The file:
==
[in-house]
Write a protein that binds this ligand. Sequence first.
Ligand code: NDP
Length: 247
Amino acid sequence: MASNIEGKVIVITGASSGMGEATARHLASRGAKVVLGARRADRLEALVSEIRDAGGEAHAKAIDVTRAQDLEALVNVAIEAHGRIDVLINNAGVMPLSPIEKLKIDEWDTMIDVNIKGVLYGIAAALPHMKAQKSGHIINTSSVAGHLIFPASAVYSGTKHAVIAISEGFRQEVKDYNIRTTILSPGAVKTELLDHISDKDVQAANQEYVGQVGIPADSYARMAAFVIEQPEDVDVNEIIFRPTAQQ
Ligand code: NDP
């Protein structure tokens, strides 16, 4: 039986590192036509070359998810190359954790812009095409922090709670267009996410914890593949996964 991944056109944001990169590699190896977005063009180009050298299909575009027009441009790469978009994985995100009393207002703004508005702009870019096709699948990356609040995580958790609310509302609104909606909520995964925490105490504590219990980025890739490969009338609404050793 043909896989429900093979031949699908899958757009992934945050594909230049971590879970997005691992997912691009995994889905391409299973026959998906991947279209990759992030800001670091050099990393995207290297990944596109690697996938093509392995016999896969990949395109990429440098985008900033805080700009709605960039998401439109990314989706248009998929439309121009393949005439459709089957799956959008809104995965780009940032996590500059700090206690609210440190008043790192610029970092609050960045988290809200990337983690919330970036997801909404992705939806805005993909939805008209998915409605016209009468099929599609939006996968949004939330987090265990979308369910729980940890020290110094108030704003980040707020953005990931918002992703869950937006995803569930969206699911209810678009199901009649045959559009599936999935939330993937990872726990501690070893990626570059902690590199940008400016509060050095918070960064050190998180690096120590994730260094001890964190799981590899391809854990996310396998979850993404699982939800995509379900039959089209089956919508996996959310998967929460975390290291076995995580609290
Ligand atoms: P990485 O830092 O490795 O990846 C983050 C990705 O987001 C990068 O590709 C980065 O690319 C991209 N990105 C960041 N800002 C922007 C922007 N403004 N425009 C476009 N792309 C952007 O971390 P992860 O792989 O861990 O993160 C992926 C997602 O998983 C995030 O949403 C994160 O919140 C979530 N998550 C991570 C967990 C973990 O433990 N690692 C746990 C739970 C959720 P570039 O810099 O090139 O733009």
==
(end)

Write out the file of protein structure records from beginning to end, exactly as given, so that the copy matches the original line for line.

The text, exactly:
[in-house]
Write a protein that binds this ligand. Sequence first.
Ligand code: NDP
Length: 247
Amino acid sequence: MASNIEGKVIVITGASSGMGEATARHLASRGAKVVLGARRADRLEALVSEIRDAGGEAHAKAIDVTRAQDLEALVNVAIEAHGRIDVLINNAGVMPLSPIEKLKIDEWDTMIDVNIKGVLYGIAAALPHMKAQKSGHIINTSSVAGHLIFPASAVYSGTKHAVIAISEGFRQEVKDYNIRTTILSPGAVKTELLDHISDKDVQAANQEYVGQVGIPADSYARMAAFVIEQPEDVDVNEIIFRPTAQQ
Ligand code: NDP
């Protein structure tokens, strides 16, 4: 039986590192036509070359998810190359954790812009095409922090709670267009996410914890593949996964 991944056109944001990169590699190896977005063009180009050298299909575009027009441009790469978009994985995100009393207002703004508005702009870019096709699948990356609040995580958790609310509302609104909606909520995964925490105490504590219990980025890739490969009338609404050793 043909896989429900093979031949699908899958757009992934945050594909230049971590879970997005691992997912691009995994889905391409299973026959998906991947279209990759992030800001670091050099990393995207290297990944596109690697996938093509392995016999896969990949395109990429440098985008900033805080700009709605960039998401439109990314989706248009998929439309121009393949005439459709089957799956959008809104995965780009940032996590500059700090206690609210440190008043790192610029970092609050960045988290809200990337983690919330970036997801909404992705939806805005993909939805008209998915409605016209009468099929599609939006996968949004939330987090265990979308369910729980940890020290110094108030704003980040707020953005990931918002992703869950937006995803569930969206699911209810678009199901009649045959559009599936999935939330993937990872726990501690070893990626570059902690590199940008400016509060050095918070960064050190998180690096120590994730260094001890964190799981590899391809854990996310396998979850993404699982939800995509379900039959089209089956919508996996959310998967929460975390290291076995995580609290
Ligand atoms: P990485 O830092 O490795 O990846 C983050 C990705 O987001 C990068 O590709 C980065 O690319 C991209 N990105 C960041 N800002 C922007 C922007 N403004 N425009 C476009 N792309 C952007 O971390 P992860 O792989 O861990 O993160 C992926 C997602 O998983 C995030 O949403 C994160 O919140 C979530 N998550 C991570 C967990 C973990 O433990 N690692 C746990 C739970 C959720 P570039 O810099 O090139 O733009």